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Posted by David Offord, Ph.D. on

Inorganic fluorochemicals have many and diverse uses.  They are used in the industrial processing of other materials, for example, aluminum, nuclear fuel, gasoline, etc.  Inorganic fluorochemicals are also used in the synthesis of several products such as pharmaceuticals, solar panels, toothpaste, lithium ion batteries, rocket fuel, concrete, semiconductors, LCDs, etc.  In order to provide an idea of the diversity of organic fluorochemical uses, Fluoryx Labs has assembled the following graphic illustrating the chemical pathways taken to produce many major products that modern society could not live without.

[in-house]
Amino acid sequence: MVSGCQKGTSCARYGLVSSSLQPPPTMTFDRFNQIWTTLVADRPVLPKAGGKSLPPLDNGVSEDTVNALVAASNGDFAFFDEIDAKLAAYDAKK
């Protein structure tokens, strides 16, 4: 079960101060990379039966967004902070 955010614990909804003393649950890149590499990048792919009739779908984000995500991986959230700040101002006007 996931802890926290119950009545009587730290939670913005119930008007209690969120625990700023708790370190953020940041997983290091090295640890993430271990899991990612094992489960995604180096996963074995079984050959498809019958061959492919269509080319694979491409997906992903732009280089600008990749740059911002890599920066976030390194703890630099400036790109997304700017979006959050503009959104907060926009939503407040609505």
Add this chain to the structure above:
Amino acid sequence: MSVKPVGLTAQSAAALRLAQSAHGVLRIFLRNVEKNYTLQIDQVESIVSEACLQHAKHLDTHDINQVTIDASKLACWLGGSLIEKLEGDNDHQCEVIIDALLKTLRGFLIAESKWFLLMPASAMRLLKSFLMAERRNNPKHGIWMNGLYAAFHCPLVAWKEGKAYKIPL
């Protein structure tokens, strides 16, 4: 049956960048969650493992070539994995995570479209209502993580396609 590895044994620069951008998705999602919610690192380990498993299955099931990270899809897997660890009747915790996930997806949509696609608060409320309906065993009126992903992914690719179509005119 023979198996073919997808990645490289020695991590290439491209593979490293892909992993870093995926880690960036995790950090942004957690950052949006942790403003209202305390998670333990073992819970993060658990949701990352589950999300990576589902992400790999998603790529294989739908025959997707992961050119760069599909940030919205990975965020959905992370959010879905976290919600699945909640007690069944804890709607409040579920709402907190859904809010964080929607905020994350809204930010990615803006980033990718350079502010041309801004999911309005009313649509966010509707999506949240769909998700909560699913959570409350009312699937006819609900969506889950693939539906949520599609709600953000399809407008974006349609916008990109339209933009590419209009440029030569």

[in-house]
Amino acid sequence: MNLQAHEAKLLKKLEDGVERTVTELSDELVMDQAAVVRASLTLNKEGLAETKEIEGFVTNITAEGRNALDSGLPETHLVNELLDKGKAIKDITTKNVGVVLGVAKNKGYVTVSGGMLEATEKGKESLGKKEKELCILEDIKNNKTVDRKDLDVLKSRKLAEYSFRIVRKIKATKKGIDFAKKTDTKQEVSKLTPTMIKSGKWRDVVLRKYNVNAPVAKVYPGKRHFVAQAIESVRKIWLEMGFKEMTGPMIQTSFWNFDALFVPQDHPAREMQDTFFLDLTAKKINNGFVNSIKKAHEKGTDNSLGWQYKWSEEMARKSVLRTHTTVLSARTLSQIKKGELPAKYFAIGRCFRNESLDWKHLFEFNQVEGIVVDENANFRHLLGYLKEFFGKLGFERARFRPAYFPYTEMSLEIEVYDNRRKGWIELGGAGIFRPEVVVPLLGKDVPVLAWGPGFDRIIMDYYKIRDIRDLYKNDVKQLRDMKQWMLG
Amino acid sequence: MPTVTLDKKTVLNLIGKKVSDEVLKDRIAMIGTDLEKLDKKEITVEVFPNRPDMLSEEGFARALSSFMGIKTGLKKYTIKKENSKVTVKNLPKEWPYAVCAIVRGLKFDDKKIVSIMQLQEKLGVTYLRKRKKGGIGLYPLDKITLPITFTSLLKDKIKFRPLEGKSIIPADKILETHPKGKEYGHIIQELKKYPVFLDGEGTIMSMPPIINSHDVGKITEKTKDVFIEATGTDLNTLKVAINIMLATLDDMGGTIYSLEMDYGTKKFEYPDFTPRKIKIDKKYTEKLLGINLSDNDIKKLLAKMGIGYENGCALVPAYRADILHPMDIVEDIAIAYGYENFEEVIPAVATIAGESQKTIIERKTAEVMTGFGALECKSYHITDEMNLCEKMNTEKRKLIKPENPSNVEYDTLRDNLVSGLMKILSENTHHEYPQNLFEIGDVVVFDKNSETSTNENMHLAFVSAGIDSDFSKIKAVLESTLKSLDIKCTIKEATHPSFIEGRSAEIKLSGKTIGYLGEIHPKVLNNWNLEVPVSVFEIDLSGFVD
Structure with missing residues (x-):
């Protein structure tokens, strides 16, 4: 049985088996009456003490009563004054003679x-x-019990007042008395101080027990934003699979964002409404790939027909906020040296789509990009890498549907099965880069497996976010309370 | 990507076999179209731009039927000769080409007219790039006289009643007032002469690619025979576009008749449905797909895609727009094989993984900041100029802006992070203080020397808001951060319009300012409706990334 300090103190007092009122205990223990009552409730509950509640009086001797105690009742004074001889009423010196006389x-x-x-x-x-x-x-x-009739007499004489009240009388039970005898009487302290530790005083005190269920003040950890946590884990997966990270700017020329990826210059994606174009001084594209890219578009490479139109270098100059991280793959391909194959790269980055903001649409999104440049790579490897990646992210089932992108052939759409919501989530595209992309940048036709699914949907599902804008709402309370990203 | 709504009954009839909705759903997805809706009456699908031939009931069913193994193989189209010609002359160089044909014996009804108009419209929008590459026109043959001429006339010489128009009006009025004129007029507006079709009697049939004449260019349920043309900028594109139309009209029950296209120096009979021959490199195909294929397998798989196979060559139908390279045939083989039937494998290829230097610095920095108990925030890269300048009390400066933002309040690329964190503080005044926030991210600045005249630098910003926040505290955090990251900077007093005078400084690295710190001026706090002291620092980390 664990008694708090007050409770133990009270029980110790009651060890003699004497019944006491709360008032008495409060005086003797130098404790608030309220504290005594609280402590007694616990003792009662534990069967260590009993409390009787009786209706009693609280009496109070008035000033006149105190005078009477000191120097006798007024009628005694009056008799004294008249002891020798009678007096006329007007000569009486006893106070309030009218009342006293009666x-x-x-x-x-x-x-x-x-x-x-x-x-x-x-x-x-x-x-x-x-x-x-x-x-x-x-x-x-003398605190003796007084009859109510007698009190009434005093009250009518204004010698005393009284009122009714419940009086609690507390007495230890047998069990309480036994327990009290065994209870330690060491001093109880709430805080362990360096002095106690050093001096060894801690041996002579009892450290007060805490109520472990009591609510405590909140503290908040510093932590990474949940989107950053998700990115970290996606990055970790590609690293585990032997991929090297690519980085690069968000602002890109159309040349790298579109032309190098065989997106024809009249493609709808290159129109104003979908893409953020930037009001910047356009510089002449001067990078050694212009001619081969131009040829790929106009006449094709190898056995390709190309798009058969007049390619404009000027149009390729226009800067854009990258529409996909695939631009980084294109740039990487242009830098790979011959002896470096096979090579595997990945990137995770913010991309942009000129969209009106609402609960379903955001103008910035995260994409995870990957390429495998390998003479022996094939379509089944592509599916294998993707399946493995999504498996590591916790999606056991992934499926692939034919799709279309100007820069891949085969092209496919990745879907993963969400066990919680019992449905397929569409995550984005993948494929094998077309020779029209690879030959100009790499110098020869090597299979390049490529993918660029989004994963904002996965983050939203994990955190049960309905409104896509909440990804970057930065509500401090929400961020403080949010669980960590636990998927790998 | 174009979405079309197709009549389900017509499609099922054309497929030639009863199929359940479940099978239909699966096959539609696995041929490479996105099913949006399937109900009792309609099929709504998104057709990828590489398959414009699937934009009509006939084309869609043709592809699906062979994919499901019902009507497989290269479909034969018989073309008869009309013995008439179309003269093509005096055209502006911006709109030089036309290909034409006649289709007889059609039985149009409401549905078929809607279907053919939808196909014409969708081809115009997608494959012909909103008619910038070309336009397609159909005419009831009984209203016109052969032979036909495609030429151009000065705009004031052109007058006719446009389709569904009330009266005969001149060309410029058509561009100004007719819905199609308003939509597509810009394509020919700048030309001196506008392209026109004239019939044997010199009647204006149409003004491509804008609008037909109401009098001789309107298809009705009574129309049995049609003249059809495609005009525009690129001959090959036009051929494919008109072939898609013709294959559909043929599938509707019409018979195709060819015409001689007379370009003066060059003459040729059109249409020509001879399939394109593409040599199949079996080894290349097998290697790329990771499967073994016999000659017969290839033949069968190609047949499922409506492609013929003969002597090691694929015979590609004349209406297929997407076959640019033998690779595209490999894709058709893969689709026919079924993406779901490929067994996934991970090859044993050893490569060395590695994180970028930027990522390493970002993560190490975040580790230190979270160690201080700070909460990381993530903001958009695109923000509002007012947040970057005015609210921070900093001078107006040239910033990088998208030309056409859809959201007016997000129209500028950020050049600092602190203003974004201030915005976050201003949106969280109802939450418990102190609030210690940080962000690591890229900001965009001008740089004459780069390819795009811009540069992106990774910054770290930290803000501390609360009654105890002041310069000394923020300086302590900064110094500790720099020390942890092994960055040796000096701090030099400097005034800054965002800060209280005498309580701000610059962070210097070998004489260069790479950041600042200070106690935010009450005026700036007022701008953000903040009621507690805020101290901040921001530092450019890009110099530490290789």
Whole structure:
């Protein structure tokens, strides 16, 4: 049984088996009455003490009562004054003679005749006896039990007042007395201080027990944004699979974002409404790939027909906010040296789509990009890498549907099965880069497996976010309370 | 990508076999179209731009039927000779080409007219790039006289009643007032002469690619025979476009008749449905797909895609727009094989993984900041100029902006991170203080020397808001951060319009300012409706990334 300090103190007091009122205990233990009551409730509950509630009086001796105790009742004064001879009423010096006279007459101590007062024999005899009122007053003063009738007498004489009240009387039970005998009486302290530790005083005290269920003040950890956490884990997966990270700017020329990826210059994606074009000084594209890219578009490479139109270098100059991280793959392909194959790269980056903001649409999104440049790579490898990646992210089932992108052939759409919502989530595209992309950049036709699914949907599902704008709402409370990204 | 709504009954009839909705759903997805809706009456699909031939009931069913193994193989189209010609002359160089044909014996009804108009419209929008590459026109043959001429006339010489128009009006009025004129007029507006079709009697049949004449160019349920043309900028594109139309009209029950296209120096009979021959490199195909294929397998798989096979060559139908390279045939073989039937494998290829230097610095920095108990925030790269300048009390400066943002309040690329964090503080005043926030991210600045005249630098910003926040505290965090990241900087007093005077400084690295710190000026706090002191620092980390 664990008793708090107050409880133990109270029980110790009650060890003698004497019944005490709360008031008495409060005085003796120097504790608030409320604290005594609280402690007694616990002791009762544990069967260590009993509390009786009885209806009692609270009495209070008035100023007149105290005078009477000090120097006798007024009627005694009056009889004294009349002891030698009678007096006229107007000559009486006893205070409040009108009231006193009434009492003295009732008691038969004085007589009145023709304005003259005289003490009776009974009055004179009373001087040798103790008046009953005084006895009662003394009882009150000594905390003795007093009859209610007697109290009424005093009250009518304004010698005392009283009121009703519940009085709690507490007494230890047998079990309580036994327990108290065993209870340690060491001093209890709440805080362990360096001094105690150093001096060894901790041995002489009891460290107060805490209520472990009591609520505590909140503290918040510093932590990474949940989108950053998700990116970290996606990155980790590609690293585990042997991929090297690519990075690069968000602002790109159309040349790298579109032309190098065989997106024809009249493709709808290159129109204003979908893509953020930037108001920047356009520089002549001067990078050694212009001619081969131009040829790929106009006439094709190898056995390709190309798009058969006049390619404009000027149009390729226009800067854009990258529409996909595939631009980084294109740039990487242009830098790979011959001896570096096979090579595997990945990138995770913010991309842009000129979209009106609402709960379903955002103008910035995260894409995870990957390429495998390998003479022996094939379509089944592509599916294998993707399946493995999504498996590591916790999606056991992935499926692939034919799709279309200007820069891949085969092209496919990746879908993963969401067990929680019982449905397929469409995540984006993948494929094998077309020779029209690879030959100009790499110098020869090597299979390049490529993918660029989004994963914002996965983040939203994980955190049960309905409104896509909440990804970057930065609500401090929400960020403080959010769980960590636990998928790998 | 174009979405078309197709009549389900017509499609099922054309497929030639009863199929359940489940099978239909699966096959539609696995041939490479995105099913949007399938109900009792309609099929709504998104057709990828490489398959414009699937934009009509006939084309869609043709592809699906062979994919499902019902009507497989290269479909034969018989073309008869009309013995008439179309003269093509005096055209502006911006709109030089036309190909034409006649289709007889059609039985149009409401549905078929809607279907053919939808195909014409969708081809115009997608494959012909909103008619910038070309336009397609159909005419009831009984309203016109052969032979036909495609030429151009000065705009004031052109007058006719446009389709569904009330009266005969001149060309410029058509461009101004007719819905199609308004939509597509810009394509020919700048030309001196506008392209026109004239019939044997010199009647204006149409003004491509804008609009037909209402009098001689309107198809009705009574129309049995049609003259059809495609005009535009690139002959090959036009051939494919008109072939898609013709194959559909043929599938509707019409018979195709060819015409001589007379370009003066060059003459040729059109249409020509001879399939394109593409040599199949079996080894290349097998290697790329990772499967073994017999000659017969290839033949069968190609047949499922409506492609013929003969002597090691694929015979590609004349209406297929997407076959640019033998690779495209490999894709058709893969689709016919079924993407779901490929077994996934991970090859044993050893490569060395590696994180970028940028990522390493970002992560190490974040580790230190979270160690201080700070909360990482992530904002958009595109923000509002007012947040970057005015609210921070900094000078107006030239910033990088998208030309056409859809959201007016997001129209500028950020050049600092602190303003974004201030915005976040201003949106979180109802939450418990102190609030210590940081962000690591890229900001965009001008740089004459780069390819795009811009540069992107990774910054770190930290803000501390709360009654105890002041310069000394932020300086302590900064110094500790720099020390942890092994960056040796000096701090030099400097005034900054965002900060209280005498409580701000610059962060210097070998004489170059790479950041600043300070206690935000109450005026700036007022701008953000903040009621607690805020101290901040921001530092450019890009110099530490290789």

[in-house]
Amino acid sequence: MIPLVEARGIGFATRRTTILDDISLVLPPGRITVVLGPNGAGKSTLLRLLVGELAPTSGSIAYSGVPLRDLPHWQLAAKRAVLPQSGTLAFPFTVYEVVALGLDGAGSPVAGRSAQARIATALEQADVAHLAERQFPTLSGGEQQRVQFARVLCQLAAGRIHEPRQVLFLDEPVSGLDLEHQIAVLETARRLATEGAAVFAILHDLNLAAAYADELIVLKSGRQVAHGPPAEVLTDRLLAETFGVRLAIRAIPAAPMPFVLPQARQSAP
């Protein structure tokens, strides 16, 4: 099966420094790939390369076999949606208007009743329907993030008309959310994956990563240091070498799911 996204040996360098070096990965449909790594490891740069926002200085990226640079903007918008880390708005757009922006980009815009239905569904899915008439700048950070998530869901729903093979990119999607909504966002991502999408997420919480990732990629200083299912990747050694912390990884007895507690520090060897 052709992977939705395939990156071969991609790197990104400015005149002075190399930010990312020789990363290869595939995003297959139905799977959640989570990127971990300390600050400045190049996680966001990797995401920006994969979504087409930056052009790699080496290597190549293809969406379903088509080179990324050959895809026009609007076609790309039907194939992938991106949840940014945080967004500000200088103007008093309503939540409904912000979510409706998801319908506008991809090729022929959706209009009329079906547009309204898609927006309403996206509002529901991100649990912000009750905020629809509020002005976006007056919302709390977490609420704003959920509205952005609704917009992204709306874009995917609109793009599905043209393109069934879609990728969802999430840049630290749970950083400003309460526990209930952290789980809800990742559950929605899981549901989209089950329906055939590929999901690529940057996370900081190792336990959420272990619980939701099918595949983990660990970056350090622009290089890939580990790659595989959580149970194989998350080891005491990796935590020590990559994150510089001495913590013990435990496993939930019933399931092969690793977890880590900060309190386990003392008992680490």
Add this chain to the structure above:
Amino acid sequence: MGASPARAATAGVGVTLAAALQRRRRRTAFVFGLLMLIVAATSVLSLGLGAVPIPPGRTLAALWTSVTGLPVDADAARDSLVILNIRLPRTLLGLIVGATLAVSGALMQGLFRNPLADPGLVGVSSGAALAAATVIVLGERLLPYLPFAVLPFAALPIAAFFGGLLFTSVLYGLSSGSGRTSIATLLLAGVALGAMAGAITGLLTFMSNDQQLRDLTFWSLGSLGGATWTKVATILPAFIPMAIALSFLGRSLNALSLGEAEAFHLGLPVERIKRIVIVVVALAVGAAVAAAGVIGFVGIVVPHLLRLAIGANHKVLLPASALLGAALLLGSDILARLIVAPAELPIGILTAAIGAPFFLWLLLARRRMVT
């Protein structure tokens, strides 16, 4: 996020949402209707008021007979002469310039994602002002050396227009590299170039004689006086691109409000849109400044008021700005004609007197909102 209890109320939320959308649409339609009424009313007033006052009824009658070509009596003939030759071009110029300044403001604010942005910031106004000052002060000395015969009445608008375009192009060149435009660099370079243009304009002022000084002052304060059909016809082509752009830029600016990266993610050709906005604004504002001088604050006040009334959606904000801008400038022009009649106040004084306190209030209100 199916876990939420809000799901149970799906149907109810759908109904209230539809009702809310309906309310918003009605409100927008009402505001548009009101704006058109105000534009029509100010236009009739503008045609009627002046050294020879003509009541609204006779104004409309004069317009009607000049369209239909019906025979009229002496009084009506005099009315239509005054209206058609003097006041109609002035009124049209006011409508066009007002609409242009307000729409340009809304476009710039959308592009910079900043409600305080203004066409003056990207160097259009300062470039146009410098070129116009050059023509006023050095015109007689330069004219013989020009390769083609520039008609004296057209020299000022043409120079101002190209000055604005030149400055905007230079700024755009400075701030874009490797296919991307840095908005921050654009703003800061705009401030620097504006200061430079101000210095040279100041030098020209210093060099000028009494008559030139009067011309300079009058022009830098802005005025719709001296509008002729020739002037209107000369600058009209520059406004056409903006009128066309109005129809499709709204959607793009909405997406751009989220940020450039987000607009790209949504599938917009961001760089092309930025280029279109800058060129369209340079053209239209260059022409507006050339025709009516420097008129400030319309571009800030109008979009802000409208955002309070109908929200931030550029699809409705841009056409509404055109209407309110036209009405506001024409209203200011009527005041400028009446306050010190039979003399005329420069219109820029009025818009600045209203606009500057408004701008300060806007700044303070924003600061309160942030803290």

All the reactions start with the ore fluorspar, or CaF2, shown on the left side of the chart.  Fluorspar is mined in countries such as the USA, China, Mexico, and South America.  Fluorspar is converted to hydrofluoric acid (HF) by reaction with sulfuric acid.  From hydrofluoric acid (either aqueous or anhydrous), many reactions are possible which are represented by the branching arrows.  Some of the fluorochemicals and reactions shown are dangerous (for example, hydrofluoric acid or the production of gasoline), therefore proper precautions must be taken



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